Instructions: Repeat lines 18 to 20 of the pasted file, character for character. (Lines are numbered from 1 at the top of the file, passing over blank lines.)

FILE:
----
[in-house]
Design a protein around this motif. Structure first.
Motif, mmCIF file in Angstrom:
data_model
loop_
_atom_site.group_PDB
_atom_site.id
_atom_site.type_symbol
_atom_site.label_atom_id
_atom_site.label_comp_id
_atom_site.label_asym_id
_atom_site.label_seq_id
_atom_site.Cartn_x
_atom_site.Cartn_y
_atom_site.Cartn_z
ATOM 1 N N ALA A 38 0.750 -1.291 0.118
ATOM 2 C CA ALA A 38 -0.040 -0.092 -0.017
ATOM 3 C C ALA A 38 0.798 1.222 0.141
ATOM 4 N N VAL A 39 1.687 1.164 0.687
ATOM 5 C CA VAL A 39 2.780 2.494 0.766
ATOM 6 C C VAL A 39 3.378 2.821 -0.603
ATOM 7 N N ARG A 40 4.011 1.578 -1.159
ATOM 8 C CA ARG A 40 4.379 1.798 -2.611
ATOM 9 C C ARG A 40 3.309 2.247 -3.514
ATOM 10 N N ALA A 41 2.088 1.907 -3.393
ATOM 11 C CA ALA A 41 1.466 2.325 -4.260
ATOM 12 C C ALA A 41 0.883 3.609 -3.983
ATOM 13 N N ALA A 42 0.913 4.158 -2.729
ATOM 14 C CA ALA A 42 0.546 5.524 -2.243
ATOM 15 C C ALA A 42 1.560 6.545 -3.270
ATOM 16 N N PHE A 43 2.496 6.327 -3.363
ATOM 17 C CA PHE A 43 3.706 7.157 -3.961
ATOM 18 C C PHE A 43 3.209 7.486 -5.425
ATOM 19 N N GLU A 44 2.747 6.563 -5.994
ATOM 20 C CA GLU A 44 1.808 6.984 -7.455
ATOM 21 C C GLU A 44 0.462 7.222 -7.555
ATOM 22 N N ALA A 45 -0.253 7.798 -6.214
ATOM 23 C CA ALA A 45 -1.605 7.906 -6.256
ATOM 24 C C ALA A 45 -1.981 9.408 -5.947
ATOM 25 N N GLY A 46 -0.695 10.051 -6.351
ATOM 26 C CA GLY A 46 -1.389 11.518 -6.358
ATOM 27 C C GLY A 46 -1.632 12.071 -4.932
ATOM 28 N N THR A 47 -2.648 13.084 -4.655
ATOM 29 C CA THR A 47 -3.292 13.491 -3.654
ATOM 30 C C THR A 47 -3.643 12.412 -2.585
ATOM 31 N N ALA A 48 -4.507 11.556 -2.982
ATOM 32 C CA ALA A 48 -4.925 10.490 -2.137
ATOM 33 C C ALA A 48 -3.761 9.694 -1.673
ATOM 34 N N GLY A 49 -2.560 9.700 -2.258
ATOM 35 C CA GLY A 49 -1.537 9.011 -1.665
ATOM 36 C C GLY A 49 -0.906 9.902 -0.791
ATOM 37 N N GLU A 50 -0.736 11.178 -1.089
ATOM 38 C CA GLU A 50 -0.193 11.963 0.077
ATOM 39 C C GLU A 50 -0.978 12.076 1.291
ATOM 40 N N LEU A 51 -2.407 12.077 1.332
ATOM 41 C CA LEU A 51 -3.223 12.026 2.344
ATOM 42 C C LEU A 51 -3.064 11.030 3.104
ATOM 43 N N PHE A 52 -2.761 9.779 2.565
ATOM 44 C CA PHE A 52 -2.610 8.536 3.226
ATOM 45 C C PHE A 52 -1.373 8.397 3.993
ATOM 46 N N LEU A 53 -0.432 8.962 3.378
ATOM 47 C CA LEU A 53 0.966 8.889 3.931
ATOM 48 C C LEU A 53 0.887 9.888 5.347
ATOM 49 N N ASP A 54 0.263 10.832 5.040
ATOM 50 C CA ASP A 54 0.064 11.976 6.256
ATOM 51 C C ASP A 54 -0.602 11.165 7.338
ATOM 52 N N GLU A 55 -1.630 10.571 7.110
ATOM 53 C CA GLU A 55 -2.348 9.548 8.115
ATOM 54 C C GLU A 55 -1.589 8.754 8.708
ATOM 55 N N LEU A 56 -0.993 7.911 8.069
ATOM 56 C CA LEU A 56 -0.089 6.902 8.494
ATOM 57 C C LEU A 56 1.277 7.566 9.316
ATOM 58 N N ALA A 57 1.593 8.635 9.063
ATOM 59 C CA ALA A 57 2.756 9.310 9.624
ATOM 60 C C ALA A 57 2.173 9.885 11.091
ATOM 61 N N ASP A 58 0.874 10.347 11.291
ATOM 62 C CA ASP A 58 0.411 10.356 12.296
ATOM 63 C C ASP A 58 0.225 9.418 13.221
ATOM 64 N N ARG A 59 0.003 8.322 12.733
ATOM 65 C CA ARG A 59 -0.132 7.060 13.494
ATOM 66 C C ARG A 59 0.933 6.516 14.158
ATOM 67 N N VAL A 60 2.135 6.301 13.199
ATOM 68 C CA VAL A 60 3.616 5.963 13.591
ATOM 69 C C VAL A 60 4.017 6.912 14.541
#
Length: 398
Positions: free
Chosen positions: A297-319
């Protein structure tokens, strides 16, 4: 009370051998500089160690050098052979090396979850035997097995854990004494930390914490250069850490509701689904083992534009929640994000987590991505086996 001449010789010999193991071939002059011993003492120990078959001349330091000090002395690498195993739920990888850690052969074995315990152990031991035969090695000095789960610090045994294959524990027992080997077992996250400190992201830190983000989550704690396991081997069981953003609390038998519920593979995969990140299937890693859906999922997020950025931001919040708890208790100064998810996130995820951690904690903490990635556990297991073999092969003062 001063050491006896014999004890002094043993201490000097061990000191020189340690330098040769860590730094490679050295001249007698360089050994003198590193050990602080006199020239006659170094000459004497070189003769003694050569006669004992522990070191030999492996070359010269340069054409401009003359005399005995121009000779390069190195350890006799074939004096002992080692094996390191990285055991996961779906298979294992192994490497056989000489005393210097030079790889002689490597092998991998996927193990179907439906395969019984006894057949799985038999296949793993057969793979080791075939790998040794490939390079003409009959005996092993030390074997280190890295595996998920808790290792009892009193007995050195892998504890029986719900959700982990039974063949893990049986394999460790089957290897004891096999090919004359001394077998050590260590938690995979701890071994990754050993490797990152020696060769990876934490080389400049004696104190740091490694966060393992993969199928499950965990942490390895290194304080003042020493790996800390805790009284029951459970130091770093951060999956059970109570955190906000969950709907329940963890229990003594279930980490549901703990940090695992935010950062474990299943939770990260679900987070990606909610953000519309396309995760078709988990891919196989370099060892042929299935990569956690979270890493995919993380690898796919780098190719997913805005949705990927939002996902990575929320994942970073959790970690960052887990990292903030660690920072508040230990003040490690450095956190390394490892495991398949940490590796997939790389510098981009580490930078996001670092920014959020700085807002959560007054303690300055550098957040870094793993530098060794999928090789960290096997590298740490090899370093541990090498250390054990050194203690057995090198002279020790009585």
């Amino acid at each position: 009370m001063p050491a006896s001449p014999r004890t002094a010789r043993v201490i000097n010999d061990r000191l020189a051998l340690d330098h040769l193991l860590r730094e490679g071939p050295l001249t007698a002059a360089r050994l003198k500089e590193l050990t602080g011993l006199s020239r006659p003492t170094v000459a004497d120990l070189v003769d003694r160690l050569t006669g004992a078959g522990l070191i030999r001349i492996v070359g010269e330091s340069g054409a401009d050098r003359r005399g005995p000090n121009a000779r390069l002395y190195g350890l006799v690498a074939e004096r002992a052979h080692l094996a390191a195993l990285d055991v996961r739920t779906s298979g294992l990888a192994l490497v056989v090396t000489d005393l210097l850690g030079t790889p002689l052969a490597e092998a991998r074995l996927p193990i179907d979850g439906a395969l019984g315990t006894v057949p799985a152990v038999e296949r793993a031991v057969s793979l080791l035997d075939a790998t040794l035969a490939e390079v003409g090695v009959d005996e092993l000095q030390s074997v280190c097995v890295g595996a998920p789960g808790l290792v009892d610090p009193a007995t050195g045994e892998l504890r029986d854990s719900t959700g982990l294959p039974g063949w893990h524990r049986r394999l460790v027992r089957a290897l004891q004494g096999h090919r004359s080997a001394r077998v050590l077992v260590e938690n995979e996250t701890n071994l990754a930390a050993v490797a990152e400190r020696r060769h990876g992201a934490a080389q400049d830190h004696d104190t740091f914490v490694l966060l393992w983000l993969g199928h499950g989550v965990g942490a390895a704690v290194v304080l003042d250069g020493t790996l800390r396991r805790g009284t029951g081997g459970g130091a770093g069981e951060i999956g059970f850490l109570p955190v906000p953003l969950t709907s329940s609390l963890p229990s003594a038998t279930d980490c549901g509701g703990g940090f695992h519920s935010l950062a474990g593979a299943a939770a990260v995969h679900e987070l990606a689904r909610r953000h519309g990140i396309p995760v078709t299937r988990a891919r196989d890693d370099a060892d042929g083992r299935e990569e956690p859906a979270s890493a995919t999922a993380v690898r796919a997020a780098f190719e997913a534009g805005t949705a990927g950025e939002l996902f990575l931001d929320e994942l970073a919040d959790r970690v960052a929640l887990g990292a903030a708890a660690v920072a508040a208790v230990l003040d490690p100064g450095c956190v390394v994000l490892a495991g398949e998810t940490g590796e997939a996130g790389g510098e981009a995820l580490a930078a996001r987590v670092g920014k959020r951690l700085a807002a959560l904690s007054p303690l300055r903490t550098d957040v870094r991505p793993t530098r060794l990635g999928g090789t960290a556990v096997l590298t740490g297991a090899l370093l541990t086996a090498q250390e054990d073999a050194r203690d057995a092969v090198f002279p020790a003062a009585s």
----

ATOM 3 C C ALA A 38 0.798 1.222 0.141
ATOM 4 N N VAL A 39 1.687 1.164 0.687
ATOM 5 C CA VAL A 39 2.780 2.494 0.766